Forum for Science, Industry and Business

Sponsored by:     3M 
Search our Site:


Feeling the Force of Cancer

The spread of cancer cells from primary tumors to other parts of the body remains the leading cause of cancer-related deaths.

The research groups of Roderick Lim and Cora-Ann Schoenenberger from the Biozentrum of the University of Basel, reveal in the journal "Nature Nanotechnology" how the unique nanomechanical properties of breast cancer cells are fundamental to the process of metastasis.

Using ARTIDIS to feel the tissue structure of a tumor biopsy by a nanometer-sized atomic force microscope tip
Image: Martin Oeggerli

The discovery of specific breast cancer “fingerprints” was made using breakthrough nanotechnology known as ARTIDIS. Lim’s team has now been awarded about 1.2 million Swiss francs from the Commission for Technology and Innovation (CTI) to further develop ARTIDIS.

Breast cancer is the most common form of cancer in women with 5500 patients being diagnosed with the disease in Switzerland each year. Despite major scientific advancements in our understanding of the disease, breast cancer diagnostics remains slow and subjective. Here, the real danger lies in the lack of knowing whether metastasis, the spread of cancer, has already occurred. Nevertheless, important clues may be hidden in how metastasis is linked to specific structural alterations in both cancer cells and the surrounding extracellular matrix. This forms the motivation behind ARTIDIS (“Automated and Reliable Tissue Diagnostics”), which was conceived by Dr. med. Marko Loparic, Dr. Marija Plodinec and Prof. Roderick Lim to measure the local nanomechanical properties of tissue biopsies.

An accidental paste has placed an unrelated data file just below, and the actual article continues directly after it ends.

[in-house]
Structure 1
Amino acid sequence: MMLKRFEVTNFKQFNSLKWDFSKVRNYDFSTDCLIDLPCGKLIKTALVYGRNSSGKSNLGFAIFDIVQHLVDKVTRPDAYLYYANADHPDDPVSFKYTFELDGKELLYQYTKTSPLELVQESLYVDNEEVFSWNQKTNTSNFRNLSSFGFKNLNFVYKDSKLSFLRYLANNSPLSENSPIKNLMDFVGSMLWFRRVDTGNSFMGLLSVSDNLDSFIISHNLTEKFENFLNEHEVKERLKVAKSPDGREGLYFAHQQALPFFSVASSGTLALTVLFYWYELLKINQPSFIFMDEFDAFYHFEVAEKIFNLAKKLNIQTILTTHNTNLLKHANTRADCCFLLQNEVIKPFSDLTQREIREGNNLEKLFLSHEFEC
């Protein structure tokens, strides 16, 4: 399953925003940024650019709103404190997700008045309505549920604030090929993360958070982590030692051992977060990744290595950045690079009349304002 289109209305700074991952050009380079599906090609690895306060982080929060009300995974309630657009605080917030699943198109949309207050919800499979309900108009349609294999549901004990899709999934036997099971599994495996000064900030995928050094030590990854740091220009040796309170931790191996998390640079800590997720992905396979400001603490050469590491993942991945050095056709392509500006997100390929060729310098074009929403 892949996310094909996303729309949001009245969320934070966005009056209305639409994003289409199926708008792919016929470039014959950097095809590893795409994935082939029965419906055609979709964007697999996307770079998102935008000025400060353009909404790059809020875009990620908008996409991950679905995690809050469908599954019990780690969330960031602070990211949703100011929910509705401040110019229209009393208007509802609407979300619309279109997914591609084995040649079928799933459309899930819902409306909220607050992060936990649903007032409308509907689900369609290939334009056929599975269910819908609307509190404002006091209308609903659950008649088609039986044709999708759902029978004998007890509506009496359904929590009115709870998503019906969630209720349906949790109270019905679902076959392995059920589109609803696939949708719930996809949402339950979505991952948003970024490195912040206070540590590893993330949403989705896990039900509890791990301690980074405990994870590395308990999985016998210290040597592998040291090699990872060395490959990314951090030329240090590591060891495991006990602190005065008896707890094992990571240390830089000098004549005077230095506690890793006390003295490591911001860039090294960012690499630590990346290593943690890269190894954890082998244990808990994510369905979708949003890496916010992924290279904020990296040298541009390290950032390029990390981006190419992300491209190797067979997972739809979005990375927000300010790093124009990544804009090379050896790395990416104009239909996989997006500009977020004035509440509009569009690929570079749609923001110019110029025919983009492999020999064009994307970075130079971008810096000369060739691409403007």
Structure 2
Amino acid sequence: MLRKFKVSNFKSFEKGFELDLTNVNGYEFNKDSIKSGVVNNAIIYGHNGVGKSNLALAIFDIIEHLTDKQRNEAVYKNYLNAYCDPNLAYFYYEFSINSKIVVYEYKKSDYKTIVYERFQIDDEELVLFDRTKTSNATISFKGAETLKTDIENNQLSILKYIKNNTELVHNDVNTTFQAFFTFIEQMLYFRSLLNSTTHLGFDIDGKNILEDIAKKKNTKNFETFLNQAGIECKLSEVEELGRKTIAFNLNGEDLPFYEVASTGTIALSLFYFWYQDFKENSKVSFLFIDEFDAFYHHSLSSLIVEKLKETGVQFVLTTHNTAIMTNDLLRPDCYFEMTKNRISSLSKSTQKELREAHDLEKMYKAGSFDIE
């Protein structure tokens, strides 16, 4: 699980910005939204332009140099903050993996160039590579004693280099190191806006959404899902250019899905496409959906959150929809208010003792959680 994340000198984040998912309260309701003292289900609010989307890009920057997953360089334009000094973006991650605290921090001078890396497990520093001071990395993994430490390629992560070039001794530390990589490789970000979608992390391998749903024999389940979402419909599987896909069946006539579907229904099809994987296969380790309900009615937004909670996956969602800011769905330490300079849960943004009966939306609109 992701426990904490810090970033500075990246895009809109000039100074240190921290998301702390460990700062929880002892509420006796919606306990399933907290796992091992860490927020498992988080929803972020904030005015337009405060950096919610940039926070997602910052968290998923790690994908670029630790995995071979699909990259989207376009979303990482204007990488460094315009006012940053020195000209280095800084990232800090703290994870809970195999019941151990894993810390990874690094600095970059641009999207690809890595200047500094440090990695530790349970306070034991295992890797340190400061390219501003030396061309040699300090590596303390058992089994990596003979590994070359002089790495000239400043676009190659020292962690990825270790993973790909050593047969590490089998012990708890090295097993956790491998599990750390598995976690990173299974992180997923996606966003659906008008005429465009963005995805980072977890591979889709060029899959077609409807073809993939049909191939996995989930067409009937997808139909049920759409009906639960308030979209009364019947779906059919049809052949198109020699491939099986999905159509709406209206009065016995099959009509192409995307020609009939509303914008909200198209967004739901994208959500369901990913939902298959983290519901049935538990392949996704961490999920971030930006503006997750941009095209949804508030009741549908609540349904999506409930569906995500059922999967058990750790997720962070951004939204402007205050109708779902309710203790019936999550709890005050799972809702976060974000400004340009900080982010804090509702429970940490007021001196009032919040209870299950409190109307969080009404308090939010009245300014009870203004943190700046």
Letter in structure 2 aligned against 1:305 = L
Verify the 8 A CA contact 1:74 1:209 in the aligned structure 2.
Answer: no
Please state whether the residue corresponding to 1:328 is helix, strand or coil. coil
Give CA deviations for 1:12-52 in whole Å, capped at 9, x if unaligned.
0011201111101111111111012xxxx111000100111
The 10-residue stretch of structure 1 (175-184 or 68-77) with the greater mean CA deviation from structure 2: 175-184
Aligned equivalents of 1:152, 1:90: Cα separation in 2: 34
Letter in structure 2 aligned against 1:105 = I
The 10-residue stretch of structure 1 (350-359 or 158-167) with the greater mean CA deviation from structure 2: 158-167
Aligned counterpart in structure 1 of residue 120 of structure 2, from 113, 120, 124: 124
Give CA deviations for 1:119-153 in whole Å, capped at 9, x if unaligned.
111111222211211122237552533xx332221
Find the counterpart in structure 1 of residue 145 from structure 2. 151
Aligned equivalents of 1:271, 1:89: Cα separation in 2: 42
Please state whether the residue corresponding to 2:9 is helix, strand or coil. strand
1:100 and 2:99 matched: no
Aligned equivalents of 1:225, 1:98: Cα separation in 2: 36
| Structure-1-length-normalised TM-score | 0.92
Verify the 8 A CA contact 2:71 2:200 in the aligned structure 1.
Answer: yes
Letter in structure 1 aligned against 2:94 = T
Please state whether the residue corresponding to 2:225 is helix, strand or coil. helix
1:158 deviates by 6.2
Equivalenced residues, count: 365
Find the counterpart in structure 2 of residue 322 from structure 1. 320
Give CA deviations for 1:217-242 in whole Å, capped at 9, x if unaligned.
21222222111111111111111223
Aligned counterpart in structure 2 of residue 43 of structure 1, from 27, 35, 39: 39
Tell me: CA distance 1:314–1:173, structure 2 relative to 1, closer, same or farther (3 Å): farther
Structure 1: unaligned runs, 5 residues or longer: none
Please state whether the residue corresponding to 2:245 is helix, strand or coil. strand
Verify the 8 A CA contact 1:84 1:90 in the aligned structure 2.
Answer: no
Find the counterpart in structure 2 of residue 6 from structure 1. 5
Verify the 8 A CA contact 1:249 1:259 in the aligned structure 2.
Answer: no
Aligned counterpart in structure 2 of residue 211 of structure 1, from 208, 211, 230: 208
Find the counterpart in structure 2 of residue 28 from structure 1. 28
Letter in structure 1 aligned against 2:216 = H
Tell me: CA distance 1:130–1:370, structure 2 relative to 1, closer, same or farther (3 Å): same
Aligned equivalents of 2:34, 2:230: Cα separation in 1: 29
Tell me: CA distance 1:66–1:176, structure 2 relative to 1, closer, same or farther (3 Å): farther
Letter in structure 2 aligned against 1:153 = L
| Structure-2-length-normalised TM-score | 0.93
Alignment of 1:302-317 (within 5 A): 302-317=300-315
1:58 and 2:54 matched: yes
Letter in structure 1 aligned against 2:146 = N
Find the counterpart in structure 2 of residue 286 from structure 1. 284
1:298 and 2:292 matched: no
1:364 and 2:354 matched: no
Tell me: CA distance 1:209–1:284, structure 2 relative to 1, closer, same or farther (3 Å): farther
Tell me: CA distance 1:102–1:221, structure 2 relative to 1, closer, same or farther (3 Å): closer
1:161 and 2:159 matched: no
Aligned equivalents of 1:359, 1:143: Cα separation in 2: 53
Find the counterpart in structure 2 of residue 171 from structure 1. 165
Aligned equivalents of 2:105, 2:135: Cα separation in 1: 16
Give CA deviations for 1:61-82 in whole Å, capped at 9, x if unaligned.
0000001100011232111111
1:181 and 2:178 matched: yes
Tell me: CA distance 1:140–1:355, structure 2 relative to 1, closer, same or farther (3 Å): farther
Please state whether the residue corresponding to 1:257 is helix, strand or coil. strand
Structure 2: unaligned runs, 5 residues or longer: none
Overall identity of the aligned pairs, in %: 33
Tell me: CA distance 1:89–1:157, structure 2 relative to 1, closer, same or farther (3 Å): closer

“Fingerprinting” breast tumors

At the heart of ARTIDIS lies an ultra-sharp atomic force microscope tip of several nanometers in size that is used as a local mechanical probe to “feel” the cells and extracellular structures within a tumor biopsy. In this way, a nanomechanical “fingerprint” of the tissue is obtained by systematically acquiring tens of thousands of force measurements over an entire biopsy. Subsequent analysis of over one hundred patient biopsies could confirm that the fingerprint of malignant breast tumors is markedly different as compared to healthy tissue and benign tumors. This was validated by histological analyses carried out by clinicians at the University Hospital Basel, which showed a complete agreement with ARTIDIS. Moreover, the same nanomechanical fingerprints were found in animal studies initiated at the Friedrich Miescher Institute.